In our series My Town, writers and photographers from around the world reflect on places that hold special meaning for them.
Seven years ago, home was literally in the middle of a former rice field in Bali, Indonesia, and all around us were terraced rice paddies. After 12 wonderful years living in Asia, it was time to return stateside to help bring my wife, Anastasia, closer to her elderly father and to avoid numerous body-bending marathon flights back to the U.S. to work on stories at National Geographic headquarters, in Washington, D.C.
But where to live in a land I no longer knew?
On one editing trip to Nat Geo, I made a detour to upstate New York, meandering with a real estate agent around the town of Beacon, which a friend had recommended.
The homes all seemed to be placed one right next to another. I asked the agent: "Isn't there anything where one can have space? land? I'm from Bali, where the backyard is a thousand acres of rice fields. Surely there's countryside here?"
"Yes," she said eagerly. "The Catskills!"
"I've heard of that," I said. "Isn't there a song about the Catskills? Doesn't the Catskills seem 'dreamlike on account of that frosting'?'"
"No," she said, chuckling. "That's the Berkshires!"
"Oh—my confusion. Where are the Berkshires?"
"About 45 minutes farther north, in Massachusetts."
That Easter weekend in 2007, I made an overnight detour to Great Barrington, in the Berkshires. My GPS directed me past the house where Herman Melville wrote Moby Dick, along narrow, winding roads lined with trees as green as Bali. My path glided over history, and over majestic hills. It was snowing, and I was gobsmacked—the Berkshires were indeed dreamlike on account of that frosting.
I felt at home in a place I'd never been before. An energy seemed to emanate from the ground beneath me.
After three additional visits from Asia to the Berkshires, we settled one year later on a former horse and dairy farm in West Otis. A federal-style home hammered and pegged together in 1850, it fit our family of five well.
But the selling point was the land—and the barn, with a 4,000-square-foot loft. "Here's where you can store all the hay!" exclaimed our agent, twirling around like a dancer.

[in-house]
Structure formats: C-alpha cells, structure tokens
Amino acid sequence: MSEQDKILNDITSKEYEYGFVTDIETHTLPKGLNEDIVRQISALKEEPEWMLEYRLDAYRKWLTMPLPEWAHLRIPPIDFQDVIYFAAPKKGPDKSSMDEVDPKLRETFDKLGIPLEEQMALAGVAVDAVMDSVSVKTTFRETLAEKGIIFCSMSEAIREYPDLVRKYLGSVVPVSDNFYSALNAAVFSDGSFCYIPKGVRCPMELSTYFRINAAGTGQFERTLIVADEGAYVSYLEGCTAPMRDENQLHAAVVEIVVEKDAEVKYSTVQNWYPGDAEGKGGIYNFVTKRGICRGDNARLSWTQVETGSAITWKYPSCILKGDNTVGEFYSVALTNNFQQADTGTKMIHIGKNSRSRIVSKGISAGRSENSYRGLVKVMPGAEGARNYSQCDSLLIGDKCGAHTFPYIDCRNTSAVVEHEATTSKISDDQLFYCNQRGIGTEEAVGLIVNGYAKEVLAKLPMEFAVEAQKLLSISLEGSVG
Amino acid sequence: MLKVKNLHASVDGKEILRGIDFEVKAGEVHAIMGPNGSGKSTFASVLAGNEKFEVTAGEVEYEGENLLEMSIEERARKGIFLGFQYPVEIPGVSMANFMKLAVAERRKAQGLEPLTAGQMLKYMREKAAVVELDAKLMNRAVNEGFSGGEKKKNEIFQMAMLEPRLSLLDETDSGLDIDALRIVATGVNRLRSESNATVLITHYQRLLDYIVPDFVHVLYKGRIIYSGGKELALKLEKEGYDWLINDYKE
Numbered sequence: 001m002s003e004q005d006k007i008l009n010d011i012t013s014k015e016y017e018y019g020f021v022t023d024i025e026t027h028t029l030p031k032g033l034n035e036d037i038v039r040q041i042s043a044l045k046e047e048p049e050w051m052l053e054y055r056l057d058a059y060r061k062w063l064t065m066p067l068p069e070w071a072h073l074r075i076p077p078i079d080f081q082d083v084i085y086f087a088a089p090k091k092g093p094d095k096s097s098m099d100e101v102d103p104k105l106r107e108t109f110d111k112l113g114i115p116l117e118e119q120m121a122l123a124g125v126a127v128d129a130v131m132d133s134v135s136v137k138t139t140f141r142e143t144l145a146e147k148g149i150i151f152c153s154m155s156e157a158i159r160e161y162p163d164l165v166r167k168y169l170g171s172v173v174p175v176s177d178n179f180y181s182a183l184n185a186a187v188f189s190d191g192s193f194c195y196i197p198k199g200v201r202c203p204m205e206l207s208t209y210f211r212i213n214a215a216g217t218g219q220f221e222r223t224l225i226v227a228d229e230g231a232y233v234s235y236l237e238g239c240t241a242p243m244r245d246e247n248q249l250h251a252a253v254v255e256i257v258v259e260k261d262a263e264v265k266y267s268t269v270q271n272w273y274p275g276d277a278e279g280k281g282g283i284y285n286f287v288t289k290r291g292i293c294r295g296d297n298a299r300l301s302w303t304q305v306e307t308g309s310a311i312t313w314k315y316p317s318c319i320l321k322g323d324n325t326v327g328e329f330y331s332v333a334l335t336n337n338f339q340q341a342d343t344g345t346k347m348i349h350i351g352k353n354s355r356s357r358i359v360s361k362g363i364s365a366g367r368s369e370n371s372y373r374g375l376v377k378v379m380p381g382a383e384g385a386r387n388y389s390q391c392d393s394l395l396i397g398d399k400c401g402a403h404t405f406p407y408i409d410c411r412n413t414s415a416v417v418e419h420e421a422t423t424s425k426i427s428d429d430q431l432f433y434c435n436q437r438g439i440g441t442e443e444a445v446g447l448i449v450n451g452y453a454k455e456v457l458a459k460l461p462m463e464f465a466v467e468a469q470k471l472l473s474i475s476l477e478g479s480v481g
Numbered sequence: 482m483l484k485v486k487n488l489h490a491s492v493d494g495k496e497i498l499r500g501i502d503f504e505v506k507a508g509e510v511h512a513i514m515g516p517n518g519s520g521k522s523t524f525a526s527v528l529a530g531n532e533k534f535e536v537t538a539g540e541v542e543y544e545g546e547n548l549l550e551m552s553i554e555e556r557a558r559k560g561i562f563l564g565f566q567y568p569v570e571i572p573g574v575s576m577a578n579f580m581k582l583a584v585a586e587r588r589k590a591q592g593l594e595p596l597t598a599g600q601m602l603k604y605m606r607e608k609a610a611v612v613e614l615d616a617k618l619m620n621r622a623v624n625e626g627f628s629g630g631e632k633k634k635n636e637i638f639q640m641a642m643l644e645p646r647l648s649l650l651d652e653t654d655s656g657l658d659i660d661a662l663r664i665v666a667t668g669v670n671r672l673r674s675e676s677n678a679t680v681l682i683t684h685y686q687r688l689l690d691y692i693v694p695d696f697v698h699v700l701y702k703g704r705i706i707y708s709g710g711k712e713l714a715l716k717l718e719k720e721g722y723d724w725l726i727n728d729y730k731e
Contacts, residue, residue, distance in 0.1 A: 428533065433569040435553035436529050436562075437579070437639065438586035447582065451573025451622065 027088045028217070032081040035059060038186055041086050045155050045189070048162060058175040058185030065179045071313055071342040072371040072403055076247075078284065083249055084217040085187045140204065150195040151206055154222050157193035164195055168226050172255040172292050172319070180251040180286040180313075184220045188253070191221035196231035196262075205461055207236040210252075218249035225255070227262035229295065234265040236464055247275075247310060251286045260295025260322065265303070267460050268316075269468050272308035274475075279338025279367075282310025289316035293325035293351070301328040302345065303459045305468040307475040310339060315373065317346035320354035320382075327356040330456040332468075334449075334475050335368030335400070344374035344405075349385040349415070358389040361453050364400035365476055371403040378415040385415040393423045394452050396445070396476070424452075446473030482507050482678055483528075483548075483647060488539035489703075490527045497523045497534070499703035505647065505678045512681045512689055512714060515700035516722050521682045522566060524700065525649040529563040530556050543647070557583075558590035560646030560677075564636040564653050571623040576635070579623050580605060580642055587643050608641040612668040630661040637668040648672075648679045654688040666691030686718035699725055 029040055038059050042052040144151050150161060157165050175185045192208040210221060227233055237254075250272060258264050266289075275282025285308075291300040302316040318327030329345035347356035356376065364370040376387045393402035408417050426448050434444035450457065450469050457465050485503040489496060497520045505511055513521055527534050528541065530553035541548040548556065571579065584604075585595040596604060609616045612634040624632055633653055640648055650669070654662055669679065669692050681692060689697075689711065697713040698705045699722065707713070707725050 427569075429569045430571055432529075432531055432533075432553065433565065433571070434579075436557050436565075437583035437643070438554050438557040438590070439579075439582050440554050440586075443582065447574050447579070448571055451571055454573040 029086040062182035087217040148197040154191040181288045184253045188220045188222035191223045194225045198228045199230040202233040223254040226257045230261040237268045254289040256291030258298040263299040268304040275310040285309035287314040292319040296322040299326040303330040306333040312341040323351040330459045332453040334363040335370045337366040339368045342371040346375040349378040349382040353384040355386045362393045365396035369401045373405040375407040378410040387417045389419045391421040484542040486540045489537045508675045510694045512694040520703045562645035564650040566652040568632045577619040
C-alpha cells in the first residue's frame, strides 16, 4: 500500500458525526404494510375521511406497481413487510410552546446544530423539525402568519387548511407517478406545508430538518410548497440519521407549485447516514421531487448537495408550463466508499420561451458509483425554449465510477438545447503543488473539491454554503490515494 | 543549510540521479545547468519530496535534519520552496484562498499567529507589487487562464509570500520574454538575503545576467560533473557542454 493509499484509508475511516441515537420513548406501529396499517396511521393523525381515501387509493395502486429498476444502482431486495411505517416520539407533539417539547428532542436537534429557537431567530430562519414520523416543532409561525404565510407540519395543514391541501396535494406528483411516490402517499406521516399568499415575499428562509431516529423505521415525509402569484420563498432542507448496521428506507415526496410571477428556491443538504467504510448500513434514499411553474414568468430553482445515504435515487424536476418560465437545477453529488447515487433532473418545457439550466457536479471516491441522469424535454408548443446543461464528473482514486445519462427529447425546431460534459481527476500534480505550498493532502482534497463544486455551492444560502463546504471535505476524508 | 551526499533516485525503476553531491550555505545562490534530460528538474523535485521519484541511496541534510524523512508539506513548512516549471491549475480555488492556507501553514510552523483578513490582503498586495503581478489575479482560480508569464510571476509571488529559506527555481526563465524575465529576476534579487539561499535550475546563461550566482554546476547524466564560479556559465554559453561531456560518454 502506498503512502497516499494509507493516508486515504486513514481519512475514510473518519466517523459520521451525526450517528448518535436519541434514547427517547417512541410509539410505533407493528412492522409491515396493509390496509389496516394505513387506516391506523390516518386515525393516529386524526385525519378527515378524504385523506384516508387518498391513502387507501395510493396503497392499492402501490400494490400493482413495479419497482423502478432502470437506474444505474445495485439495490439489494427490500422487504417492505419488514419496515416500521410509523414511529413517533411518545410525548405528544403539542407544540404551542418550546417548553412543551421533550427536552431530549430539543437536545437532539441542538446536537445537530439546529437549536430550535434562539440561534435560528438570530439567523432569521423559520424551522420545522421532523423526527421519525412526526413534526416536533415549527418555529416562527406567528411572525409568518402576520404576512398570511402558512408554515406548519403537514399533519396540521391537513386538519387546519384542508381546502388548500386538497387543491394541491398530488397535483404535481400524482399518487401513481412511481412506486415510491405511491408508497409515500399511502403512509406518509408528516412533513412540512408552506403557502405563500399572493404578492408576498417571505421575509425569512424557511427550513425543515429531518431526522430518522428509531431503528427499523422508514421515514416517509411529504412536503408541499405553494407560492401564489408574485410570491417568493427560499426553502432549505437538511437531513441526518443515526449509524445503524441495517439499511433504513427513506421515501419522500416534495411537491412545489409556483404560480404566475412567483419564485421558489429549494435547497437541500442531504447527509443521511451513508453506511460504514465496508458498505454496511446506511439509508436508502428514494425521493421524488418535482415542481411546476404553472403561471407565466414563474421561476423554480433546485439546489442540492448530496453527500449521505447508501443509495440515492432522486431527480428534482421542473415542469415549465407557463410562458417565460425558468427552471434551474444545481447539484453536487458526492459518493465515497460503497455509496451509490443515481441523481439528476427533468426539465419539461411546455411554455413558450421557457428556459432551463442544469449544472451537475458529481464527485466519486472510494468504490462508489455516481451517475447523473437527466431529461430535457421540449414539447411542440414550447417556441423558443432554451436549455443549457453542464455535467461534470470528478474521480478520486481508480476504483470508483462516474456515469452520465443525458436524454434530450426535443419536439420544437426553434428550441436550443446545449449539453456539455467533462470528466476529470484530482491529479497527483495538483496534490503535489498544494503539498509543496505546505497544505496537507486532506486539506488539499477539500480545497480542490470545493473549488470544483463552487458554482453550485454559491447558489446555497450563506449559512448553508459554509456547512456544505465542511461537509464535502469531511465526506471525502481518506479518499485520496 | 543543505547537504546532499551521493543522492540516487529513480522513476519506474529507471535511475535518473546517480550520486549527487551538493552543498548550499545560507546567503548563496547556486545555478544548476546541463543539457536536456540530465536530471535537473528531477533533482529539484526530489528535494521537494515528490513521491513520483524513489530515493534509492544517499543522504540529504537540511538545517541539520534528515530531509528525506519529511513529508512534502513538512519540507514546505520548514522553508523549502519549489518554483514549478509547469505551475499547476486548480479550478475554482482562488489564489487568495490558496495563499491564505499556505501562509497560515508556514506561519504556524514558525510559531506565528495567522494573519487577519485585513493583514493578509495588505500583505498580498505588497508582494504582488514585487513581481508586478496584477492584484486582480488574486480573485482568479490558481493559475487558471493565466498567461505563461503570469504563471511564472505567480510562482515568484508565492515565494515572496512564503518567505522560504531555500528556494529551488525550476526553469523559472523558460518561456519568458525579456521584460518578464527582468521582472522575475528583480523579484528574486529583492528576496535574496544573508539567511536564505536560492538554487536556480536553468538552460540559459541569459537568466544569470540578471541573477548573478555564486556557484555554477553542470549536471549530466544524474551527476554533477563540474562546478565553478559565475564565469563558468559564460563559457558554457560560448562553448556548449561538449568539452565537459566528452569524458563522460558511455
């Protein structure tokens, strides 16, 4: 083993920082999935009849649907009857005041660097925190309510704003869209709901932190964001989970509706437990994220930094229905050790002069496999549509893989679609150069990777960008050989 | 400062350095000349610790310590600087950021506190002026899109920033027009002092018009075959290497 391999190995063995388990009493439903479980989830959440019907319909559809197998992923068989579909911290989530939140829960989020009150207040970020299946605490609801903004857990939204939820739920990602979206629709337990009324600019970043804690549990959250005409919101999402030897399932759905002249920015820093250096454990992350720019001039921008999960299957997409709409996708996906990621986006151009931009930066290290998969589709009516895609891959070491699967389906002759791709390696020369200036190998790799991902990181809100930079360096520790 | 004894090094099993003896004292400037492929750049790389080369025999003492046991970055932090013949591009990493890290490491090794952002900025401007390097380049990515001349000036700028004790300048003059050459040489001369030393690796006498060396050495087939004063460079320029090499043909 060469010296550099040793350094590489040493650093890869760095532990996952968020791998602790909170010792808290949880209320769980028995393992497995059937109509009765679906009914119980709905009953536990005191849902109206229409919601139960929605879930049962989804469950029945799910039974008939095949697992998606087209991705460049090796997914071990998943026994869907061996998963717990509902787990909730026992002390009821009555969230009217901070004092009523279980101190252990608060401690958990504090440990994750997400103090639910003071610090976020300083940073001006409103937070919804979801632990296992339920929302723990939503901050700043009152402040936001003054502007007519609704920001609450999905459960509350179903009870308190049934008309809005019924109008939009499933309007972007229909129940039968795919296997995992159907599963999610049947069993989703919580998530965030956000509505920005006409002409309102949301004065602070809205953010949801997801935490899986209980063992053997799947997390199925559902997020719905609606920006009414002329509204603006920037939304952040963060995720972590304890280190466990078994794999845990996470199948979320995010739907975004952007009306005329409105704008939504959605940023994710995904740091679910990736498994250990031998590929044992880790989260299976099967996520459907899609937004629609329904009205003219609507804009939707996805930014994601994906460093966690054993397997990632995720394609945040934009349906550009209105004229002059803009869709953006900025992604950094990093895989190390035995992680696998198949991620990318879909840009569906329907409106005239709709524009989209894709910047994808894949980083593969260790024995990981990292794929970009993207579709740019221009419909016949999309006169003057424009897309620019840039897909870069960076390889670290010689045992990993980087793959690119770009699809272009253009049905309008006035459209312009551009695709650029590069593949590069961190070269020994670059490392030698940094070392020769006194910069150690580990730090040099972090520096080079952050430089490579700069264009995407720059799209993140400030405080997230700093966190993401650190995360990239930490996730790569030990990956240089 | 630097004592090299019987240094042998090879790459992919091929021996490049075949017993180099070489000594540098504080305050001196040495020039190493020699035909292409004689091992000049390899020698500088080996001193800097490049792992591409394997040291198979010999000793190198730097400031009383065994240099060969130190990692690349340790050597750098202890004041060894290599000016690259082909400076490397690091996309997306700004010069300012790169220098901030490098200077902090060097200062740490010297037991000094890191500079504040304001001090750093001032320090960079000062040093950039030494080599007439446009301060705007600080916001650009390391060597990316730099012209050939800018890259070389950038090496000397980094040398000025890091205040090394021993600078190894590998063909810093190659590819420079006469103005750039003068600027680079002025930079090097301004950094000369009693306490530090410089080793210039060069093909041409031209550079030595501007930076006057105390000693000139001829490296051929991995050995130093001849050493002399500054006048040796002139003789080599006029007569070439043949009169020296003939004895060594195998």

"I can barely take care of dogs!" I said. "This will be a photography gallery."
It takes more than a generation to become a local. As a newcomer to West Otis (elevation 1,220 feet), you're a "flatlander." As a flatlander, you're embraced and welcomed as if a relative, not fully a local.
Our farm is still known in Otis (locals drop the "West") as the Minery farm (the Minerys haven't owned it for nearly two decades). It will likely stay the Minery farm until my children's children (and maybe their children) come of age.
What draws many flatlanders to Otis is water. This area has more bodies of water than anywhere else in the Berkshires—rivers and lakes, puddles left millennia ago as ice retreated and melted.
During the past six years, the photo gallery in the former hayloft brought so many visitors to the farm that we lost our privacy. My photography needed a new home.
We found it in the village of West Stockbridge, just shy of 20 miles from West Otis. To say we adore Stockbridge would be an understatement.
It's here, in the little yellow house on Main Street called the Shaker Dam House, where I spend most of my days when I'm not on the farm or worlds away on assignment for National Geographic.
The house was once home to the manager of the historic Shaker Mill, still standing proudly today, and later to the overseer of the hydroelectric dam—the oldest in Massachusetts.
Downstairs is our coffeehouse and gallery. My photography studio is on the second floor, overlooking Main Street to the east and the Williams River, seen through a window of spectacular sunsets.
When something goes amiss behind the coffee bar, or we need to replace a lightbulb in the gallery, I walk one minute along the curb to Henry Baldwin's hardware store, said to be the oldest family-owned hardware store in the U.S. The Baldwins, whose forebears arrived in the mid-1800s, are fifth-generation Stockbridgeans. (Last year, Henry, a volunteer soccer coach at the high school, taught my son Richard how to play the game.)
In the Berkshires, people are genuine. At peace. Not thriving on desire for wealth. It's about balance. Family and community. The land.
John Stanmeyer was born in Chicago, grew up in the Bahamas, and went to art school in Florida. During much of the 1980s, he worked as an art and fashion photographer based in Milan, Italy. John then turned his camera toward social documentary photography and was drawn to the East. He lived in China for seven years, and Indonesia for five. Now John, his wife, Anastasia, and their three children, Richard, Konstantin, and Francesca, are firmly rooted in the Berkshires.